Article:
High Quality Crate Engines - Home Stroker

Get Top-Quality Performance From A "Do-It-Yourself" Engine

Seth Milhollin Feb 1, 2003 0 Comment(s)
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This huge machine is what will get the line hone straight. This will cut the same amount off of each main cap. Each individual cap is checked to ensure that they are all the same size. If the cap itself is not cut straight, then they cut the cap until it is correct.

What exactly is a crate engine? You can buy just about any kind of motor combination you want and have it sent to your door-assembled and ready to install. From big to small to outrageously exotic, any and everything can be labeled as a "crate engine."

These engines come assembled from a plethora of aftermarket (and OEM) companies. All of these firms claim to have made internal changes in search of a desired power range. But what about those who enjoy assembling their own powerplants? Where do they go for quality parts and machine work? It is more than apparent that original GM blocks are becoming harder and harder to find. If you do find them, there is a good chance that they are beyond saving.



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Here are all the components for our new engine. The block was machined and prepped by the PAW machine shop, and the rest of the pieces used can all be ordered from the PAW catalog.

The days of finding those lost jewels in a junkyard are long gone. If anything worth saving arrives at one of these places, you can guarantee that it will be gobbled up in a matter of minutes.Imagine being able to choose the parts that you want out of a catalog and receive everything through the mail, fully prepped and ready for assembly. The experts at PAW (Performance Automotive Warehouse) work diligently on recovering and prepping short- and long-blocks. With a full-time machine shop run by an experienced staff, the quality work that is demonstrated is top notch. To give everyone an idea of what their possibilities are when ordering a motor, PAW was happy to assemble, as an example, a stroker 383.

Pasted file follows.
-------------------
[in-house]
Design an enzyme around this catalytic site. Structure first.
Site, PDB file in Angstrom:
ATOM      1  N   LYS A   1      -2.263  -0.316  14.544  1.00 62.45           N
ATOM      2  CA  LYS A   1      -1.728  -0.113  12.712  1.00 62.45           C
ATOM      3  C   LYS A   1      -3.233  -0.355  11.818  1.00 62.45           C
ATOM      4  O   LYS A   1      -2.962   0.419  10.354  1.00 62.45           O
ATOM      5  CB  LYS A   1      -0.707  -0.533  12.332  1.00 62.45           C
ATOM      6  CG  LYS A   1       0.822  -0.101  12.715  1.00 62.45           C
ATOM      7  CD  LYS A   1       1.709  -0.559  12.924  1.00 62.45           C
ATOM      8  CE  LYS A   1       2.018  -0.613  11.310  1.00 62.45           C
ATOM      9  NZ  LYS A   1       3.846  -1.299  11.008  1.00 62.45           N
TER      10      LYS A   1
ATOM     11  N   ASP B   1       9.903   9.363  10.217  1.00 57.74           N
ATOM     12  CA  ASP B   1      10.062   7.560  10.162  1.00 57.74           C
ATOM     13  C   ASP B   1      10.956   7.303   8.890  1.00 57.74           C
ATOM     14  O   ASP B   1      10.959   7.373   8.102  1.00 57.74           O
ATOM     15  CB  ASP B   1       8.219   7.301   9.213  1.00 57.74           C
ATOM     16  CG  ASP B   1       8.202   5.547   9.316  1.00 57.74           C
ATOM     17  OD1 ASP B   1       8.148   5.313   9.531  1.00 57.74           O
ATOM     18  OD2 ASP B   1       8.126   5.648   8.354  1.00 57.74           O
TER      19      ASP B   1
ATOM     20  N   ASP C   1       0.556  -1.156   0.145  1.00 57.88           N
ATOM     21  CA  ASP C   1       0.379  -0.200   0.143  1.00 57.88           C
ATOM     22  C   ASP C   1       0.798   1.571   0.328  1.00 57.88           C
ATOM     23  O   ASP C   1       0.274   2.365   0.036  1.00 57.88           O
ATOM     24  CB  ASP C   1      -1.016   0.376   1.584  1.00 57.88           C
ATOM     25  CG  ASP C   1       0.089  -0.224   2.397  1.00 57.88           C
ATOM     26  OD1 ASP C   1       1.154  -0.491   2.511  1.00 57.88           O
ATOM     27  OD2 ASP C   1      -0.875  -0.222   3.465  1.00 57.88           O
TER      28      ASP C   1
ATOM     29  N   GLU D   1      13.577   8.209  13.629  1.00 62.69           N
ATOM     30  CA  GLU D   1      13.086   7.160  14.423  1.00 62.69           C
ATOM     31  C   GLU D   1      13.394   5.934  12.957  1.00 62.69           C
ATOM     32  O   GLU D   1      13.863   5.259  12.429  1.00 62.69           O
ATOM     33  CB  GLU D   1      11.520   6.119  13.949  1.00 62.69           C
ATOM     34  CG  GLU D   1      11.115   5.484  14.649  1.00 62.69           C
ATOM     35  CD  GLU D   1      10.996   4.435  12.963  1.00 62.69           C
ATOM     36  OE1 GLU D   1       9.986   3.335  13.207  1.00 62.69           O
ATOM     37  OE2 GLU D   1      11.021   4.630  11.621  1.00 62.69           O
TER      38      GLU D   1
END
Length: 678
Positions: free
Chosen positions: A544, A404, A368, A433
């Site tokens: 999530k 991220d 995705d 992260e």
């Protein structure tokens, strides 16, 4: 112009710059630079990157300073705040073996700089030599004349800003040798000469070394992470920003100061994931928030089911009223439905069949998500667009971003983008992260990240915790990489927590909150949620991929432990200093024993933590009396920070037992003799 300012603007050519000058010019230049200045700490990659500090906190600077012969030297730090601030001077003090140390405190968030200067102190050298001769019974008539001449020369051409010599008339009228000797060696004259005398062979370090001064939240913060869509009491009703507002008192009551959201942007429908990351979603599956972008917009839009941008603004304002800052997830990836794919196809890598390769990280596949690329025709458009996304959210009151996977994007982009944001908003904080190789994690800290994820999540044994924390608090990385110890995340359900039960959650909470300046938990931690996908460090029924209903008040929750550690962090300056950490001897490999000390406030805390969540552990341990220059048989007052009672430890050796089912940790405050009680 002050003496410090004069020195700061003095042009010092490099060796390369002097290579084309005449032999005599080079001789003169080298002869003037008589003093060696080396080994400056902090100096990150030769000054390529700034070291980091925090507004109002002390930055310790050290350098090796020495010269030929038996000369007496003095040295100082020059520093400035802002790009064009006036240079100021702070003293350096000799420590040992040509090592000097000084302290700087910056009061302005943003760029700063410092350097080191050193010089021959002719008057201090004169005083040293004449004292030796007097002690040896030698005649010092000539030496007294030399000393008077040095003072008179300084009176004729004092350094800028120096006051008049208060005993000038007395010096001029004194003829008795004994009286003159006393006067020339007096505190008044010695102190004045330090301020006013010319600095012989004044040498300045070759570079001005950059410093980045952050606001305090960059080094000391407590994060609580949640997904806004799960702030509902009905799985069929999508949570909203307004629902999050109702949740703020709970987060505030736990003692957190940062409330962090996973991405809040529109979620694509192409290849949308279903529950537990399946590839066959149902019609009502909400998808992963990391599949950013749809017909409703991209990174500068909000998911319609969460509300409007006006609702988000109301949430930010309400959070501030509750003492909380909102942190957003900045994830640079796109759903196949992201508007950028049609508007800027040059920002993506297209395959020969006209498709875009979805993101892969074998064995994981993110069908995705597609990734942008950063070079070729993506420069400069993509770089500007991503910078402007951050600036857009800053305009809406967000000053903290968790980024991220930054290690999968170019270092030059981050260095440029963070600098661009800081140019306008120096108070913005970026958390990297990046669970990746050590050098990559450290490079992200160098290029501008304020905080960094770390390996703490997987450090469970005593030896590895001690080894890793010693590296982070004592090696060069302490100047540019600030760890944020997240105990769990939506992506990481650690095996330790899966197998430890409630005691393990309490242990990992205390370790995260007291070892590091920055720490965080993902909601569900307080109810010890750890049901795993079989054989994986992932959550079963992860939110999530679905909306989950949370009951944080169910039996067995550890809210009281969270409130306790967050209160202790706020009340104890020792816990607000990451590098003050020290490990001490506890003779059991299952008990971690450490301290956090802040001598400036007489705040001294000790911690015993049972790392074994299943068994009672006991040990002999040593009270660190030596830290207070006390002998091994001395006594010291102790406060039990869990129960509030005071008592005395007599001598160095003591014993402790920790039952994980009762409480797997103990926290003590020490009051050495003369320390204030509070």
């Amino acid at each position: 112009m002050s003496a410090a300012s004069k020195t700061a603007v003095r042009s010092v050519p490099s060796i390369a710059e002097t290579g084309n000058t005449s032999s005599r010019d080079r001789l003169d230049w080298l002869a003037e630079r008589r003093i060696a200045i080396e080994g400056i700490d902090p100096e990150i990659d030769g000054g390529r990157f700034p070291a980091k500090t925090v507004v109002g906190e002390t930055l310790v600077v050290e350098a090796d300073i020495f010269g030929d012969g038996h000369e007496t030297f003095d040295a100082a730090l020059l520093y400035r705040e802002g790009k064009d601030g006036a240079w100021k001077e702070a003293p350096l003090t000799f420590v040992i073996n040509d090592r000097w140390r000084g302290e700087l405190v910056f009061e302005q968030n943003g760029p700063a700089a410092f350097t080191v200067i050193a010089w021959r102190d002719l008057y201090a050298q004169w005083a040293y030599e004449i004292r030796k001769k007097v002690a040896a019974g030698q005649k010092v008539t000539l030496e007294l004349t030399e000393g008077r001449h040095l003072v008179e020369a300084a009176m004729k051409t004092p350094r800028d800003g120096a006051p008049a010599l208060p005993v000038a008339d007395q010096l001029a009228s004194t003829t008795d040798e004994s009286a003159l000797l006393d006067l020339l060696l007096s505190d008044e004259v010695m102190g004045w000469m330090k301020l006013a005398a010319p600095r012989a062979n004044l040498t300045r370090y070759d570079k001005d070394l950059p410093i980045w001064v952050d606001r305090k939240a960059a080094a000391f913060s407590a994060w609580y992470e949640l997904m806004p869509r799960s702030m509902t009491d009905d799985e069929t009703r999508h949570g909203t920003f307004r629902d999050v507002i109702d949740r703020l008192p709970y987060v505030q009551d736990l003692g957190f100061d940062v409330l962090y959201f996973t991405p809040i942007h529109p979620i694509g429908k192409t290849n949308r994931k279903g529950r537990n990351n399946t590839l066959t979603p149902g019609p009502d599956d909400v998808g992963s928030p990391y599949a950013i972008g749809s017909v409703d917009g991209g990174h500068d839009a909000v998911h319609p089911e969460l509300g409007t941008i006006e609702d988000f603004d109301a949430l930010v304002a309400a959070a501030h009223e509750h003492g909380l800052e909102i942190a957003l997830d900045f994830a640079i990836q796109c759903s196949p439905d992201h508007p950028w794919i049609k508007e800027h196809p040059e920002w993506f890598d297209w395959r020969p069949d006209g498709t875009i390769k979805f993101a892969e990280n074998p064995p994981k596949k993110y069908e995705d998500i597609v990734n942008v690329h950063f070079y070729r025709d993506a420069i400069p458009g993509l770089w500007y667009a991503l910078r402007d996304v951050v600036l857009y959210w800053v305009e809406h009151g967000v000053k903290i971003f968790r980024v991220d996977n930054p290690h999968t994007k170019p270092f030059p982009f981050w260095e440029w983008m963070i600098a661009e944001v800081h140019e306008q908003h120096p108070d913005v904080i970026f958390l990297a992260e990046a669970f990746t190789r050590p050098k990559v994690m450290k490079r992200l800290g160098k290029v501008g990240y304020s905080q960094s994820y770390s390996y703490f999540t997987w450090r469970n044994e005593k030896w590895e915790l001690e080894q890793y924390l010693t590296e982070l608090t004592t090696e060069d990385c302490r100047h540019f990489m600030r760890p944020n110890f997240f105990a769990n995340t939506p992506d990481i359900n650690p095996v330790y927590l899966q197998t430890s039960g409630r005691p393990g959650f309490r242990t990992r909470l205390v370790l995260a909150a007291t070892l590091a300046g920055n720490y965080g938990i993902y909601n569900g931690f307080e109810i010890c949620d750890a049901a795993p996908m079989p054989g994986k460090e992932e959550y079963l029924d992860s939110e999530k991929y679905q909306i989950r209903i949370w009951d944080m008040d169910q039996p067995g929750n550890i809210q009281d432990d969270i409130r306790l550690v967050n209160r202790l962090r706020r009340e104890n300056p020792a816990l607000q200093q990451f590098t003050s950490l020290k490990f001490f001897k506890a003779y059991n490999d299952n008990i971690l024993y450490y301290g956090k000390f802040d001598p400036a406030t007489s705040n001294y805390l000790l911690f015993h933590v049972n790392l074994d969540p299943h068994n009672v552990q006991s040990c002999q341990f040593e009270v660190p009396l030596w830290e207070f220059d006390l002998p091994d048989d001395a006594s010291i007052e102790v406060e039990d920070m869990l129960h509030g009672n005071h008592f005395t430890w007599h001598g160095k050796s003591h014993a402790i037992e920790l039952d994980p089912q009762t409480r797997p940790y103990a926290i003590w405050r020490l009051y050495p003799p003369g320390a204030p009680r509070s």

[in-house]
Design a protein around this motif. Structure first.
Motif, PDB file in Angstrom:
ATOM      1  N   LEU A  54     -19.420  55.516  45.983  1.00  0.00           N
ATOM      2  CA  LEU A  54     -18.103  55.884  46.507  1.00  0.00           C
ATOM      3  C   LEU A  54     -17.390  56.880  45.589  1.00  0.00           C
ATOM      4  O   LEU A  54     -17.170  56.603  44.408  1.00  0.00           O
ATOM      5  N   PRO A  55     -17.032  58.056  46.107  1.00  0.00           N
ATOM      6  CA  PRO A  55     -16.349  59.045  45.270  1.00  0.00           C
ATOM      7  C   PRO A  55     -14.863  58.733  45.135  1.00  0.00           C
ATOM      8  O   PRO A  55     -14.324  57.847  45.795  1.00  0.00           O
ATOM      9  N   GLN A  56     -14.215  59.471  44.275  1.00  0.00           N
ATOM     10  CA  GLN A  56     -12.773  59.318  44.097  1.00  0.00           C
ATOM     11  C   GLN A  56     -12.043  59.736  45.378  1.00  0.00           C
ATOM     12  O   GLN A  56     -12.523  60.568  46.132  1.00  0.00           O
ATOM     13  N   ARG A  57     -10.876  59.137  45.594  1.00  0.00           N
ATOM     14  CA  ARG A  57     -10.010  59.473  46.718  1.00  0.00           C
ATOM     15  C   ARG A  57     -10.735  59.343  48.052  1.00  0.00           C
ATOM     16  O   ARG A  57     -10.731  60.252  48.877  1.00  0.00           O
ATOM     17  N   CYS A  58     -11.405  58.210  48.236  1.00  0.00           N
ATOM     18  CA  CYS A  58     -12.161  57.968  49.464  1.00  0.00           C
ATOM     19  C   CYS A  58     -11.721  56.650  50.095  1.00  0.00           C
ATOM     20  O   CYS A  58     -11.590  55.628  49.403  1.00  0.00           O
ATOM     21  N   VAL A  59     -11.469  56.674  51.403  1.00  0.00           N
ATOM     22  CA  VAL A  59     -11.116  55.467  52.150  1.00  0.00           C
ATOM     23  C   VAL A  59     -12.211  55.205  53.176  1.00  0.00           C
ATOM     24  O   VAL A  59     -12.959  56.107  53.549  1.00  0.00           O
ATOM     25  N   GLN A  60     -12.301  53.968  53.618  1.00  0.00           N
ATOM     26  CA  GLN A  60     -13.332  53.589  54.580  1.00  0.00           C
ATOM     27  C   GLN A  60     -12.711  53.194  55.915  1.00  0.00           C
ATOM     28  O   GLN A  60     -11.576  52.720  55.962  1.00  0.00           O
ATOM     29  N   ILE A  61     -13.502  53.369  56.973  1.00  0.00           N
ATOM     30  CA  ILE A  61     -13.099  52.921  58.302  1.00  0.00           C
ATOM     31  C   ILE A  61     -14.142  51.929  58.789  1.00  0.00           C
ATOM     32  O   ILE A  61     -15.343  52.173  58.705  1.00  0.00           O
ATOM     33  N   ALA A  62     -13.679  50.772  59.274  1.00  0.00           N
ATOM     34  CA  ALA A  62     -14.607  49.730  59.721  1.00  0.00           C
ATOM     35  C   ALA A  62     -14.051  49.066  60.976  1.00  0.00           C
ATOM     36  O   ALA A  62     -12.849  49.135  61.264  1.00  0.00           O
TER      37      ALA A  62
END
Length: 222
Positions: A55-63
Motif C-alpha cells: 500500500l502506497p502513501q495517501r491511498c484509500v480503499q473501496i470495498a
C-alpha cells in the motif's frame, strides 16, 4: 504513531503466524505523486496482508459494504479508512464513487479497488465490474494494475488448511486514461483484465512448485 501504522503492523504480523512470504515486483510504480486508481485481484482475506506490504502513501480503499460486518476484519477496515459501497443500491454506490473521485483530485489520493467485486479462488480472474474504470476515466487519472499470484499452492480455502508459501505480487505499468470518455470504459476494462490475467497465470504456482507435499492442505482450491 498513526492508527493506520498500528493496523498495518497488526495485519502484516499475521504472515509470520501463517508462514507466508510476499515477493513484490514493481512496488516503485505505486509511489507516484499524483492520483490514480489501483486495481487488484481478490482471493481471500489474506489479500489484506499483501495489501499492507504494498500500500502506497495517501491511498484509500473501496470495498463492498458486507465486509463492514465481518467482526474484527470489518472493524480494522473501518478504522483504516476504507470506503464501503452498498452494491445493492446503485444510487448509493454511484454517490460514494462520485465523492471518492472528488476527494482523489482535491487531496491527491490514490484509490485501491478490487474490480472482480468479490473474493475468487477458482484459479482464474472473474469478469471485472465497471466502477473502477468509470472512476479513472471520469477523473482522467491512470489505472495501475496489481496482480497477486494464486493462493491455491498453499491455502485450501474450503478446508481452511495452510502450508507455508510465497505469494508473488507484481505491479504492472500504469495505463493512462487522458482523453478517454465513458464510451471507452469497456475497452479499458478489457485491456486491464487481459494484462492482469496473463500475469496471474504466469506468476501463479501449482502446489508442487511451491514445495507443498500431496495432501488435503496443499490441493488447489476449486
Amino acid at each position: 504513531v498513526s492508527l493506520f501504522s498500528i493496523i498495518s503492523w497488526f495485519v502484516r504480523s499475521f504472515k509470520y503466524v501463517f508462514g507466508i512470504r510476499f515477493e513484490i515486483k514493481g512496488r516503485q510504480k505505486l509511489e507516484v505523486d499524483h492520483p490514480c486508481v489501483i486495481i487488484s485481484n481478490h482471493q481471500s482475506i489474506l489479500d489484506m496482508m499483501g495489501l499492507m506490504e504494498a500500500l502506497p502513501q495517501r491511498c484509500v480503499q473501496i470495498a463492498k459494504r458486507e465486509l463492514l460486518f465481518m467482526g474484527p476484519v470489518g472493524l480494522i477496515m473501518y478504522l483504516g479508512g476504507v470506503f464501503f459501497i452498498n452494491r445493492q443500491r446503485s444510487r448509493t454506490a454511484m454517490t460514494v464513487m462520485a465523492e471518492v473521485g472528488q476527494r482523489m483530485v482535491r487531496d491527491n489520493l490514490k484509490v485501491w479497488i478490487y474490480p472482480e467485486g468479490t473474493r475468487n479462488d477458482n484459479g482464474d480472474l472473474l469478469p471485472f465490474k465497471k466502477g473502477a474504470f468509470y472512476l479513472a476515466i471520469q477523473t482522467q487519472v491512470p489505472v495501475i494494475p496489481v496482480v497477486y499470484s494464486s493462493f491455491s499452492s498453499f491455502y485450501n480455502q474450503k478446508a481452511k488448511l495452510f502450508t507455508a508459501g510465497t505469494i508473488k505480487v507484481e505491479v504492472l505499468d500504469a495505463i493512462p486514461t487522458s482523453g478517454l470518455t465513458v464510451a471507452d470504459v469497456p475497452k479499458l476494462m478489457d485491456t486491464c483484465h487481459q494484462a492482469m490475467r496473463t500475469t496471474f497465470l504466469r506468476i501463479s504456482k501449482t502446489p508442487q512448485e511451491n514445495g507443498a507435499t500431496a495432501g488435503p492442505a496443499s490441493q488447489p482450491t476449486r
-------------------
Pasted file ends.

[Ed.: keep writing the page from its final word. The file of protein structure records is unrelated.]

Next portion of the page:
After arriving we were shown around the machine shop and watched how things were done. We followed our project through as it went to all the proper stations. The machine work done to the bare block was absolutely flawless, as was the machine and balance work on the rotating assembly. The rest of the components were specifically chosen to work as a union. All the parts used were chosen from the PAW catalog which is all readily available by mail. An engine is only as good as the parts that are assembled. So with that in mind, we will give you a rundown of what was used to complete this particular project.

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We started with a set of Edelbrock aluminum cylinder heads. These castings come complete and ready for use out of the box. These heads are one of the best bets for high-quality, low-cost performance. To accompany the cylinder heads we also used the Performer RPM Air-Gap intake manifold. The unique design of this manifold has proven itself by producing a substantial horsepower increase over most other dual-plane manifolds.



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Once the bore is decided, they check the deck. Again, the minimum amount possible is cut, until the deck is flat and square.

The carburetor is a nicely polished piece from JET Performance. They are best known for their high-tech parts in the late-model aftermarket but also provide a line of high-performance fuel meters. This carb should work just as well, if not better, than it appears.

For our valvetrain we used a cam that is specially ground for PAW by Crower Cams. The bumpstick has a mild street profile with a decent amount of lift. The specification card read like this: 520/501 inches of lift with 278/286 degrees of duration, with a 108-degree lobe centerline. This should give us a little bit of lope without being overly aggressive. Along with the cam, Crower components were used for the rest of the valvetrain. This includes hardened pushrods and roller-rocker arms. The special-grind cam called for the use of staggered ratio rockers, meaning 1.60 on the intake and 1.50 on the exhaust needed to be used.

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